Resisting the Heat and the Haze

by Hodan Hassan and Sean O’Neill

Between a record high heat wave and a looming haze of smoke over the city (that’s traveled from wildfires in British Columbia), Seattle is currently experiencing some of our most oppressive weather in our city’s history.  As the fallacies of climate denial, individual green consumerism, and carbon market solutions take center stage, Got Green has been amplifying the importance of naming the roots of our extreme weather.

The heat and the haze aren’t simply natural occurrences, but rather directly the result of climate change and an economy of extraction.  Our friends at Movement Generation created a framework for understanding our extractive economy as a cycle of dig-burn-dump — dig up energy resources (such as oil and coal), burn it (from cars and blue angels), and dump the waste (into water, the atmosphere, and the lungs of children).  It’s important to remember that the United States would not have become an industrial superpower if it were not for chattel slavery, genocide, and colonization.


The dominant economy extracts fossil fuels, labor, and land by any means necessary in an effort to consolidate power and wealth, sacrificing many communities at each step.  After generations of putting carbon into atmosphere at a mass scale, one of the major results is extreme weather — hurricanes, typhoons, and floods, as well as heat waves, drought, and dry spells (which increase the chances of wildfires).

In Seattle, the heat and the haze will continue to most intensely impact vulnerable communities — children, elders, people that are pregnant, and people with asthma and diabetes.  Relative to white communities, communities of color disproportionately have asthma and diabetes, and are less likely to have access to healthcare.  Neighborhoods that have the highest concentration of people of color, also have the highest levels of pollution and the lowest number of accessible cooling centers.  It’s notable that the vast majority of Seattleites don’t have air conditioning in our homes and many don’t in our work places.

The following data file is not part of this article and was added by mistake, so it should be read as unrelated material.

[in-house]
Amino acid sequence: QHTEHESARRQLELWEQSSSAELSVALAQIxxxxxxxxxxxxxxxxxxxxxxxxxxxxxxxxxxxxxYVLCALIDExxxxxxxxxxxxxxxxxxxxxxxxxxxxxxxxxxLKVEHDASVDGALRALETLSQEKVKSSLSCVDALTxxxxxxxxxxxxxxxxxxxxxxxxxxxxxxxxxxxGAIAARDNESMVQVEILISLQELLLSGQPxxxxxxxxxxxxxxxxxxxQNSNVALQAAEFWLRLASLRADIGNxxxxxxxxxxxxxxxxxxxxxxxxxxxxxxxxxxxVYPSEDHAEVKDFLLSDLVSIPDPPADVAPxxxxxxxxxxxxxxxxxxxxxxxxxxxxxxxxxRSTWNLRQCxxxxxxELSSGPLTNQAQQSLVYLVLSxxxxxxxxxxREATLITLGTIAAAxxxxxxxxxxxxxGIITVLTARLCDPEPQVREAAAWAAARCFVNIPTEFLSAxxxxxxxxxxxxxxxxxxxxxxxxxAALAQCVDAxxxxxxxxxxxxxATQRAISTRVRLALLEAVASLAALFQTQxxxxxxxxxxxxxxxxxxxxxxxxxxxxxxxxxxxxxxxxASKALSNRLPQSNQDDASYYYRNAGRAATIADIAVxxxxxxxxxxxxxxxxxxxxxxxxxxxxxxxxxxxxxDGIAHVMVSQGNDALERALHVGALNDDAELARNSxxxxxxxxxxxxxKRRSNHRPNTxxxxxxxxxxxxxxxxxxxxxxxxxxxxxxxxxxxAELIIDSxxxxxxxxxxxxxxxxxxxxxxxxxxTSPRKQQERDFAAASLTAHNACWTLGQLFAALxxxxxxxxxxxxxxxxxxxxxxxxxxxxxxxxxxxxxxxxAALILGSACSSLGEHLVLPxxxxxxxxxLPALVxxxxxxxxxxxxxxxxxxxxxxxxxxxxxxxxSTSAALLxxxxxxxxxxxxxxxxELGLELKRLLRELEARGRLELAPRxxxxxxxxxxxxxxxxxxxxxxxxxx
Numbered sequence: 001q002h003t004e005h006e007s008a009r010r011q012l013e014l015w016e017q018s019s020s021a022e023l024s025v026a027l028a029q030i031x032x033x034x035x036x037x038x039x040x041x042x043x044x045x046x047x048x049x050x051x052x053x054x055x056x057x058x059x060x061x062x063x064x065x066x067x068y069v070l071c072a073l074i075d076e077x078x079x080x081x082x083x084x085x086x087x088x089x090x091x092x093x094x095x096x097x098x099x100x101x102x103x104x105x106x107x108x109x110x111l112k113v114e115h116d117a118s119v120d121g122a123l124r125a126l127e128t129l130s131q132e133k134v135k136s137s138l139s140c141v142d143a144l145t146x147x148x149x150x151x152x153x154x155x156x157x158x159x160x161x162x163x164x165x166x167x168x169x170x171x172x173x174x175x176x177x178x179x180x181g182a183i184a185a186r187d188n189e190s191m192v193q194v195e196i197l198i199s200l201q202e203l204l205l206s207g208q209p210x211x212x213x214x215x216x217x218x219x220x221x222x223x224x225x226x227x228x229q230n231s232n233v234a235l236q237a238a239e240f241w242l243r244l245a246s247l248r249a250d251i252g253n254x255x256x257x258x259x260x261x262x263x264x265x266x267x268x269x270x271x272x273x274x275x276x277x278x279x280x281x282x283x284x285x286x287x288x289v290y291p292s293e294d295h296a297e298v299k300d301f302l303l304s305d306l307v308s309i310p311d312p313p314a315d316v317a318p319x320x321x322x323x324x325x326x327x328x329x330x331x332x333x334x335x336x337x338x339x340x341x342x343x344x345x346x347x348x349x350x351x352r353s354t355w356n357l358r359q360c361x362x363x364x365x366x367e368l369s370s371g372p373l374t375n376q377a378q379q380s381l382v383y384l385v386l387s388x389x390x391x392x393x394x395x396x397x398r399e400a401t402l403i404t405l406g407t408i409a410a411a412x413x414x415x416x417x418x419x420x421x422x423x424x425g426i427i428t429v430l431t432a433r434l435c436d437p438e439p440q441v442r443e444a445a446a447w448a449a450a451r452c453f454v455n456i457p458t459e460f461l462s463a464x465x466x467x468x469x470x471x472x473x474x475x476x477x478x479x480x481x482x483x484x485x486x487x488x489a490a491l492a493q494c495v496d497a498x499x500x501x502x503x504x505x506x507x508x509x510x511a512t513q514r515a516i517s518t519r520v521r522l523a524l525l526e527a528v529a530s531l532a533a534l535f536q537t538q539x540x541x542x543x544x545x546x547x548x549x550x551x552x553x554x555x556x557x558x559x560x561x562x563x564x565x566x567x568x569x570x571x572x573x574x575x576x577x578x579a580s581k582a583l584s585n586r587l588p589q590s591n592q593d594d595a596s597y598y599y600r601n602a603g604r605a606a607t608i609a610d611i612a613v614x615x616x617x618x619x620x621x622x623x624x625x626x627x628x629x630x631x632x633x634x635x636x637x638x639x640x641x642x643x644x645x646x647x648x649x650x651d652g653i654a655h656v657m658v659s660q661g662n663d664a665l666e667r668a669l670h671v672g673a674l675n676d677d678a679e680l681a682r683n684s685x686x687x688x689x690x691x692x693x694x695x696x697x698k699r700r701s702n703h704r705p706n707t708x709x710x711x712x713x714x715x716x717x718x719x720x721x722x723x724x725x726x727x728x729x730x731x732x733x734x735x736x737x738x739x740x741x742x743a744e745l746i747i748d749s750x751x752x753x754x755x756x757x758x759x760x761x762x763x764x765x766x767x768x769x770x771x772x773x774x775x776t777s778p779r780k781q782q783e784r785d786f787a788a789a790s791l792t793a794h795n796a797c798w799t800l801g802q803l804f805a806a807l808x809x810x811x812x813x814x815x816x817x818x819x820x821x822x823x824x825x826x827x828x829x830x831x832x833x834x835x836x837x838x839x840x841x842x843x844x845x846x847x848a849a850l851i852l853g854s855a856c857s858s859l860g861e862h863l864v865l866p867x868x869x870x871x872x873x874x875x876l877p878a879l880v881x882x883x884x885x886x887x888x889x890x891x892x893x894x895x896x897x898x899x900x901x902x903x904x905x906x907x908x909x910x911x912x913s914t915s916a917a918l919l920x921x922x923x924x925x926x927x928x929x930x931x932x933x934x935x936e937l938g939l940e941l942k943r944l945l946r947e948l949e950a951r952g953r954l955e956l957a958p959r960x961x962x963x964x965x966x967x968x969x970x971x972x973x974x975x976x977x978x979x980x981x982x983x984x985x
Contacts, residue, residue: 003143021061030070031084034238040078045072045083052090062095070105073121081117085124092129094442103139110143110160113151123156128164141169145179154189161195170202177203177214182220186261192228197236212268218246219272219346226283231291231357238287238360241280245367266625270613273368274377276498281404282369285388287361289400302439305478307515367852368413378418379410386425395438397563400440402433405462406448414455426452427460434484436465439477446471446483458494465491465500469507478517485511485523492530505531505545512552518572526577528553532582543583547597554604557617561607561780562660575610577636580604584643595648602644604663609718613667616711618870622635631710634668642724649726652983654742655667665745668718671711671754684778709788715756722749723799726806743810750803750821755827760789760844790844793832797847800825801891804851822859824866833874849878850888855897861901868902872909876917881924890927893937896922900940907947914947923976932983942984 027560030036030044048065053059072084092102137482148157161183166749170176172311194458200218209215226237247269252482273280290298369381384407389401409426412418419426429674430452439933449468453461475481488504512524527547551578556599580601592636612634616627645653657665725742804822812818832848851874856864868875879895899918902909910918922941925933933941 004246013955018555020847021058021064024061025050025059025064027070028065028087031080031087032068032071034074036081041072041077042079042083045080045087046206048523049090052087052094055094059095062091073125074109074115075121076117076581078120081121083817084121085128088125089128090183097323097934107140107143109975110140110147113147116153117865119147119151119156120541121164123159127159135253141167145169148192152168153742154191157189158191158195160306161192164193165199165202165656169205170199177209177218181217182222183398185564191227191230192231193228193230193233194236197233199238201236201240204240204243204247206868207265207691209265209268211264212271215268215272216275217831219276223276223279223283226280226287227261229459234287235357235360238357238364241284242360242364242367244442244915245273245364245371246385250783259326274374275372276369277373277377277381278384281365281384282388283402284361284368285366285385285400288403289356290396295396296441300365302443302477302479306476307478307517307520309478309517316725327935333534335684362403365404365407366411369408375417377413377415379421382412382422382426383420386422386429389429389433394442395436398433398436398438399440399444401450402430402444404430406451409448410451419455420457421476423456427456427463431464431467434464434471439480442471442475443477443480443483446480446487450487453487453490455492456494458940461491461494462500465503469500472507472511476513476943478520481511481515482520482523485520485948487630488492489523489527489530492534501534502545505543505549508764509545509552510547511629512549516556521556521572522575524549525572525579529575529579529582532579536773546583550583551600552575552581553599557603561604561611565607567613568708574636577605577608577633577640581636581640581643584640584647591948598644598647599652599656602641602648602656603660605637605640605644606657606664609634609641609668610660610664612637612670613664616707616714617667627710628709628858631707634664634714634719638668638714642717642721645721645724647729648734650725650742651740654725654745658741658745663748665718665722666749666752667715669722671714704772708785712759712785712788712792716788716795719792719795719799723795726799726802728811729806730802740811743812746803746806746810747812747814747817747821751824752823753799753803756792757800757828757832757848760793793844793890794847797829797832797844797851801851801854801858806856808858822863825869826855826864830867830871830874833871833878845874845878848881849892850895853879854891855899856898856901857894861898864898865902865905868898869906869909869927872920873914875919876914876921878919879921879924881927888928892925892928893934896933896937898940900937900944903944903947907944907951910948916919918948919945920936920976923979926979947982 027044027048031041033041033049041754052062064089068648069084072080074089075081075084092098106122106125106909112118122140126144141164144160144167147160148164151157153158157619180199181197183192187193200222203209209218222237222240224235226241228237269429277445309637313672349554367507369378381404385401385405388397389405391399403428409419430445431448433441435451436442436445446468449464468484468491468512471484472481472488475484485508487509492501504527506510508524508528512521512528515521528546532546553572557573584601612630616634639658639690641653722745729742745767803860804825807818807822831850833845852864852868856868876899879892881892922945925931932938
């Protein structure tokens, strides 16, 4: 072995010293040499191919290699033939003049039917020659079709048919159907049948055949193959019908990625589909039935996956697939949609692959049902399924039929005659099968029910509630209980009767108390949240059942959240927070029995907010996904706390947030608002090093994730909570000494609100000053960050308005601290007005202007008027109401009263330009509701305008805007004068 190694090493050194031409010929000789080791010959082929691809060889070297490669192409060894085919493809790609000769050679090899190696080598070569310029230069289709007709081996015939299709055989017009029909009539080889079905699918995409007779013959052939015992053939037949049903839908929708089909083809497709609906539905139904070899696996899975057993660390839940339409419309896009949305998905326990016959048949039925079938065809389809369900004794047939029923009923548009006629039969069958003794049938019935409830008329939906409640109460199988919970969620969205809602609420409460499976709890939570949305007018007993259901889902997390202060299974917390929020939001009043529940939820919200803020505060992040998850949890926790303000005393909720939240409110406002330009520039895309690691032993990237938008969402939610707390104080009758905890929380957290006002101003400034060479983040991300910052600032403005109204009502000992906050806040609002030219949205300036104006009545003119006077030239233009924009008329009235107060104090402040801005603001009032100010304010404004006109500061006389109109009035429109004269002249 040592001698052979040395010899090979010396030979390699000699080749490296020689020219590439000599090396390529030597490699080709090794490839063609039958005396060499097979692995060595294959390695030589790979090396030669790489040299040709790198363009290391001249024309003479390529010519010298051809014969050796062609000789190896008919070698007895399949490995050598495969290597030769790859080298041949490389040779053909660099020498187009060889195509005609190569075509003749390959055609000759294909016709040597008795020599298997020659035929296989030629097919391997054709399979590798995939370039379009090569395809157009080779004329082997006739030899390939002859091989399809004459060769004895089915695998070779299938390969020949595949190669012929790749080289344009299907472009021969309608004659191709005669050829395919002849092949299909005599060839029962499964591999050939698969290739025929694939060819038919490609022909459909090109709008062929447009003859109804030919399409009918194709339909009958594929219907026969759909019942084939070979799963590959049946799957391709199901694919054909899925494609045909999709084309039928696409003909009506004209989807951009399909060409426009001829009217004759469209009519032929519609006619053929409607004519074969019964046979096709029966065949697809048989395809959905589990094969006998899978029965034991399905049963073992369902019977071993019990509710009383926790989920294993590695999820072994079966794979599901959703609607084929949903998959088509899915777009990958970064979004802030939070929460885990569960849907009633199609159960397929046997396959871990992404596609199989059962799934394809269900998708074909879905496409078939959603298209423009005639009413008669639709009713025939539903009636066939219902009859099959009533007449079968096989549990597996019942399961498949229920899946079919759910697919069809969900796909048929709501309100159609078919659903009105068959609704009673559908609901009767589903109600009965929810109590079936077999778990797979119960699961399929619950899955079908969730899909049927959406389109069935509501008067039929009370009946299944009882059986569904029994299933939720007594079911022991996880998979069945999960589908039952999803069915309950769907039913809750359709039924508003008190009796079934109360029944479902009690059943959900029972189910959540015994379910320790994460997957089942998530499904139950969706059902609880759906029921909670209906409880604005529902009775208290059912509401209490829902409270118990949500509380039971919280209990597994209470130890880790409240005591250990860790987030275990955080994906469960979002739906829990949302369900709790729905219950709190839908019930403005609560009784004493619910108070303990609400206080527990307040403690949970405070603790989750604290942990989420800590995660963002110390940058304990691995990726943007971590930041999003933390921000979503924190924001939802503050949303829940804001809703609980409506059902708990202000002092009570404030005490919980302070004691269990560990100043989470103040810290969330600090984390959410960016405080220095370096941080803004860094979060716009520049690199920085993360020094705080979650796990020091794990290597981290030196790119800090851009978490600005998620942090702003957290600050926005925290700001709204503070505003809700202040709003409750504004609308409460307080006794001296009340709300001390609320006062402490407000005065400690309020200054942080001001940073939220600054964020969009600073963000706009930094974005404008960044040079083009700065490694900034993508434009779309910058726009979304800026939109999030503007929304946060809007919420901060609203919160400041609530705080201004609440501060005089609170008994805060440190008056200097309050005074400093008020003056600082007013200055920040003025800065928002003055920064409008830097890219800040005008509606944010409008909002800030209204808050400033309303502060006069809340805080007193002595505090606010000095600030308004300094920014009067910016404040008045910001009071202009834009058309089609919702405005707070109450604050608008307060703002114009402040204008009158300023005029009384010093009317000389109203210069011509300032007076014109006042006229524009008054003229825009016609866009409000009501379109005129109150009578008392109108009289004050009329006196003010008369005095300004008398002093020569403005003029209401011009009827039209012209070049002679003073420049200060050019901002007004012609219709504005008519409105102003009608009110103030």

Additionally, climate change is a threat multiplier, meaning that the inequities communities already face are exacerbated in the context of a changing climate. For example, following Hurricane Katrina, displacement was dramatically expanded (due state-sanctioned land speculation) and economic vulnerability was met with police militarization.  Climate related land grabs and militarization aren’t just the acts done by bad apples but are increasingly calculated decisions made locally and internationally by opportunistic corporations and politicians.

There is a lot we can do to dig at the roots of the climate crisis, this ranges from demanding that Puget Sound Energy (PSE) stop their plans to build a liquefied natural gas plant on Puyallup territory as well as throwing down to making polluting industries pay in WA stateOur efforts to interrupt the system are one side of the coin, we also need to build community-owned energy and economic infrastructure to be resilient and powerful in the face of climate change.

One small step is sharing resources to stay cool and safe — for example, this list of cooling centers put together by the City of Seattle as well as this comic about staying safe in the heat by King County Public Health.

Building climate resilience communities means centering the needs of communities most vulnerable to the impacts of climate change.  In Seattle, this is working-class families and communities of color in the South end.  For us at Got Green, climate resilient communities means investing in fair jobs that nourish the earth and our communities, affordable healthy food that is grown with dignity for workers, and safe and sustainable housing for all.

Hodan Hassan is the Climate Justice Organizer at Got Green

Sean O’Neill is the Development Director at Got Green

Got Green organizes for environmental, racial, and economic justice as a South Seattle-based grassroots organization led by people of color and low income people.

Featured image is a cc licensed photo attributed to Open Minder 



One thought on “Resisting the Heat and the Haze”

  1. Please consider the needs and vulnerabilities of those who get around without cars – cyclists, skaters, and wheelchair riders. Of course, everybody is a pedestrian, at least on each end of each trip. Not only are we less protected from the extremes of heat and air pollution caused largely by cars, but we are the most likely victims of crashes caused by cars. Please don’t start yapping about rules of the road. Not only are the rules biased against us, but they wouldn’t be necessary but for the threat posed by motor vehicles. How bad does it have to get before you join us?